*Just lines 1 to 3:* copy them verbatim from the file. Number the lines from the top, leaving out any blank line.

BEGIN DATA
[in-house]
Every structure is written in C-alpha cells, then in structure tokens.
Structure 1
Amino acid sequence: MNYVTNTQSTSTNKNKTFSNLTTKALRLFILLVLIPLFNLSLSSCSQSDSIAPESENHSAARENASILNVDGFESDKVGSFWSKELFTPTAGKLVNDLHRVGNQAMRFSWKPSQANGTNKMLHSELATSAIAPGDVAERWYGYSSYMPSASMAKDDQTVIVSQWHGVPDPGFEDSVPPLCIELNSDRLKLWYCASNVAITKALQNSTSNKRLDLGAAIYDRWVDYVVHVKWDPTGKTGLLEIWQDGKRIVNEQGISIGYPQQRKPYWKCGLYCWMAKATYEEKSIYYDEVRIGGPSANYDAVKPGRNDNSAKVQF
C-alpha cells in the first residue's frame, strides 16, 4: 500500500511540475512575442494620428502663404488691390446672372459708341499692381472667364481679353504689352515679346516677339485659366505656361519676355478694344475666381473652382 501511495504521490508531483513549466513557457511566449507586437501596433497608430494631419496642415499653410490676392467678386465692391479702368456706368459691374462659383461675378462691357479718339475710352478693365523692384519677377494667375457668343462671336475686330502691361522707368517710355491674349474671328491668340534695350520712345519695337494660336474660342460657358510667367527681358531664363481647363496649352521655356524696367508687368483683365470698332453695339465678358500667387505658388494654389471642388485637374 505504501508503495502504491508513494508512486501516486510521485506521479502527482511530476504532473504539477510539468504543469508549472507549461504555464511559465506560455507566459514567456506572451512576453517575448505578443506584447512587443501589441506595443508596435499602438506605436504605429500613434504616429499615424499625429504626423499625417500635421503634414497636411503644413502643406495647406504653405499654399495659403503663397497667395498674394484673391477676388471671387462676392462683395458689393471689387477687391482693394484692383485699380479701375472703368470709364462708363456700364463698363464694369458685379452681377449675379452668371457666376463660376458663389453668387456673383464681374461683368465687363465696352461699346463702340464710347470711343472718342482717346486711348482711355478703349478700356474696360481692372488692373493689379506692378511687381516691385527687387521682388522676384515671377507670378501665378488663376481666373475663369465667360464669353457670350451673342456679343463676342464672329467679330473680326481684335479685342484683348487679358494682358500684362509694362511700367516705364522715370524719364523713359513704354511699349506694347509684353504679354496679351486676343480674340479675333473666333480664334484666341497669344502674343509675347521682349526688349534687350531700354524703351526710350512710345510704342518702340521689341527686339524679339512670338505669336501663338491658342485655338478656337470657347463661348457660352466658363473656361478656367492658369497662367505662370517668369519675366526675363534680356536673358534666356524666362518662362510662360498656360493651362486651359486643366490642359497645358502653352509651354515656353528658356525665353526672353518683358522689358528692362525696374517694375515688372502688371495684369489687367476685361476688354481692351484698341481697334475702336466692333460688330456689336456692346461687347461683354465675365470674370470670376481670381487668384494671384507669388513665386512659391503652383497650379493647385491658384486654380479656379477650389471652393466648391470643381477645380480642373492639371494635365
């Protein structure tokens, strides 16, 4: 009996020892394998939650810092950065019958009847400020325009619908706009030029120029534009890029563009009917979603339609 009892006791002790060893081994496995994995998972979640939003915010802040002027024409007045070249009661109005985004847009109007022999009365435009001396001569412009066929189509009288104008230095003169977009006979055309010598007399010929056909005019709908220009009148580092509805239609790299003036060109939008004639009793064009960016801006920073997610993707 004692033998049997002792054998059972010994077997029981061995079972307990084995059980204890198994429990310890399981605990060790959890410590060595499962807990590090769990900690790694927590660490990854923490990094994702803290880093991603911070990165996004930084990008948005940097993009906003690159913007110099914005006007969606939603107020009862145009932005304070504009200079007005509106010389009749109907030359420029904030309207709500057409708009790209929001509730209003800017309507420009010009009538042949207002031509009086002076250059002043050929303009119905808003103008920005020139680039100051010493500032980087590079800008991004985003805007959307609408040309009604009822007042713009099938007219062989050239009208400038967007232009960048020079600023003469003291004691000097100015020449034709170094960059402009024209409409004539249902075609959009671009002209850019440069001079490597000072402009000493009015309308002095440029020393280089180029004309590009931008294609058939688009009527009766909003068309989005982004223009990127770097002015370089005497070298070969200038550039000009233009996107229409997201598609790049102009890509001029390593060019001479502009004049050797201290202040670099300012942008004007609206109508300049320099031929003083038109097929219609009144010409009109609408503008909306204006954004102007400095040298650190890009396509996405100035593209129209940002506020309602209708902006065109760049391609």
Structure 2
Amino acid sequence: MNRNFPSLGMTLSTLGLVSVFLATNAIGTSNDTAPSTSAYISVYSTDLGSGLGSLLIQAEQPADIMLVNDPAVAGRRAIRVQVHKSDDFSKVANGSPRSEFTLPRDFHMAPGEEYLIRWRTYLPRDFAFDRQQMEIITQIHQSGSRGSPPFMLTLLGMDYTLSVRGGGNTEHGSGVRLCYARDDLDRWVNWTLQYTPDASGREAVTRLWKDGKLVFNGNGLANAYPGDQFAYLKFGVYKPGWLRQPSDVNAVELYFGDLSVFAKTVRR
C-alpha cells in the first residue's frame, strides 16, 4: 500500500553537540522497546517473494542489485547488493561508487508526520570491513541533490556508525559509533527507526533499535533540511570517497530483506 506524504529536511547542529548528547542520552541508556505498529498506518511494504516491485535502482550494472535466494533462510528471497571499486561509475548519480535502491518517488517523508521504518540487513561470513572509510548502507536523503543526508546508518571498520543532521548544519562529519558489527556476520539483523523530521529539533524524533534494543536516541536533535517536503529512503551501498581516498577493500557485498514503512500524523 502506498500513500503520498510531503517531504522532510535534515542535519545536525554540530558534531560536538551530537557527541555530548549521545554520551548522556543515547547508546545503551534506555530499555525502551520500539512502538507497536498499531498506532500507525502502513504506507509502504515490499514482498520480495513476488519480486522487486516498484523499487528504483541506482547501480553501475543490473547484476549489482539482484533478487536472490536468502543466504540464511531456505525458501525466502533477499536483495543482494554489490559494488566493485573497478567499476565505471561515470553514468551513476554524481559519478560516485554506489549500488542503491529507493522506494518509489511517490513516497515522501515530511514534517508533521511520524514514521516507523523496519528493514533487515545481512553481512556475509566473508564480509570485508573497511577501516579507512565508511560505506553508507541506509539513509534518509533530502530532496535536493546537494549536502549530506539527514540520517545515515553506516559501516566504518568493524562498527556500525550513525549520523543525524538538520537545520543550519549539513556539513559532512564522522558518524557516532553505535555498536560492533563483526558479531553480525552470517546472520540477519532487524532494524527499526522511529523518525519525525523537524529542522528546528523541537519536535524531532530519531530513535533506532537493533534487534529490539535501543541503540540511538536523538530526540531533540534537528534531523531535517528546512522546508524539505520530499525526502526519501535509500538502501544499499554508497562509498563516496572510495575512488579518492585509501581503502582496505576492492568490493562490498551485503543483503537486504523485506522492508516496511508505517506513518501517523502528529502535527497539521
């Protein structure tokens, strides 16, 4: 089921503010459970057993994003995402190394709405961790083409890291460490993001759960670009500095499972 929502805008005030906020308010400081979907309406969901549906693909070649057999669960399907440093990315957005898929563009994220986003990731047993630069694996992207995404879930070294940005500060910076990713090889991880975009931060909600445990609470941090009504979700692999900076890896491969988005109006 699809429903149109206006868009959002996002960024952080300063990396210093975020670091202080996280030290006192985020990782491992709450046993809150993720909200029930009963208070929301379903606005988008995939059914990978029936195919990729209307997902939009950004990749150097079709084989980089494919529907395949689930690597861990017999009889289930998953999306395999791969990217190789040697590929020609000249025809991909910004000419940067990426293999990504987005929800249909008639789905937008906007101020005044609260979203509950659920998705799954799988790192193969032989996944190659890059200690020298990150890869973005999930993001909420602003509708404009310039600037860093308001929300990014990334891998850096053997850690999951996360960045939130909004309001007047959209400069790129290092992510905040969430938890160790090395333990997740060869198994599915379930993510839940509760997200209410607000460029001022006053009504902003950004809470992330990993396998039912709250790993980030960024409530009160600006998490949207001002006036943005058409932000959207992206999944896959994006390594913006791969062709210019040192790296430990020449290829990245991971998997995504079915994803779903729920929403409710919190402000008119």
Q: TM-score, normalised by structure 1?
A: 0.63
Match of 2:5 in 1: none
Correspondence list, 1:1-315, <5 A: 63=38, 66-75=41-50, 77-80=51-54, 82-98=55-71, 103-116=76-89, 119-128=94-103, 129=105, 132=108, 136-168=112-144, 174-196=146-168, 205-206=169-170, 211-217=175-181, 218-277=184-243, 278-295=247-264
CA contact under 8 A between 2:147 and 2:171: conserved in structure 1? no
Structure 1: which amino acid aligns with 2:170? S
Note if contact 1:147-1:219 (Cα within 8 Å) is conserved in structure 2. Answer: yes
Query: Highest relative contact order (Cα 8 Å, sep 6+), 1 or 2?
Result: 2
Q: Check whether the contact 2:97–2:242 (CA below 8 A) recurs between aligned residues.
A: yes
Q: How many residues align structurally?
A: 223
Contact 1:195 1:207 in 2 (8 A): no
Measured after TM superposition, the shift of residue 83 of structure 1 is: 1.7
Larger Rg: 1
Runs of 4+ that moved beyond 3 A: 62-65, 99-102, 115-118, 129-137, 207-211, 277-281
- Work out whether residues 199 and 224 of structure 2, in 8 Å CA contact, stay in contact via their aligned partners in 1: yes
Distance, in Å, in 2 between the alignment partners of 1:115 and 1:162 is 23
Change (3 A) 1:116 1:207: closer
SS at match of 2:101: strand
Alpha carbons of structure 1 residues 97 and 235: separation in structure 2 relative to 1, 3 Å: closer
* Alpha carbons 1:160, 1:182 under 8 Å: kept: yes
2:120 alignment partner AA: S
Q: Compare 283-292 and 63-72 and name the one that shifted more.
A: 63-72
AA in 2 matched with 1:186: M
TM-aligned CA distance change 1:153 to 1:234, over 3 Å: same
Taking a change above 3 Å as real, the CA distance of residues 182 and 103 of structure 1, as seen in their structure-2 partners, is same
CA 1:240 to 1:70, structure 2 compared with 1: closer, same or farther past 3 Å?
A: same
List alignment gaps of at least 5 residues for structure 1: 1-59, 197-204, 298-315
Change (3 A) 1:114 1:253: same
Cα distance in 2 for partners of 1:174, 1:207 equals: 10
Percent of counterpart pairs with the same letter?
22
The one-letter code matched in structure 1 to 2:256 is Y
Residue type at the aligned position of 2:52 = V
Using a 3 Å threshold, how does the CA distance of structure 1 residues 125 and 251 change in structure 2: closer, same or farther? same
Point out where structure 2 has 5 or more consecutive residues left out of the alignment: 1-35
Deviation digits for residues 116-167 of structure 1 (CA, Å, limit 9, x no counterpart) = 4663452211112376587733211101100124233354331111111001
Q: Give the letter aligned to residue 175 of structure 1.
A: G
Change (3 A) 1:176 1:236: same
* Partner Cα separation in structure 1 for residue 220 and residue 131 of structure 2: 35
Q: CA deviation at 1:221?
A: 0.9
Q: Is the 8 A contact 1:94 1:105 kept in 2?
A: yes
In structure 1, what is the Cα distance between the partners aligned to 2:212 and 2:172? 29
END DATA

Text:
[in-house]
Every structure is written in C-alpha cells, then in structure tokens.
Structure 1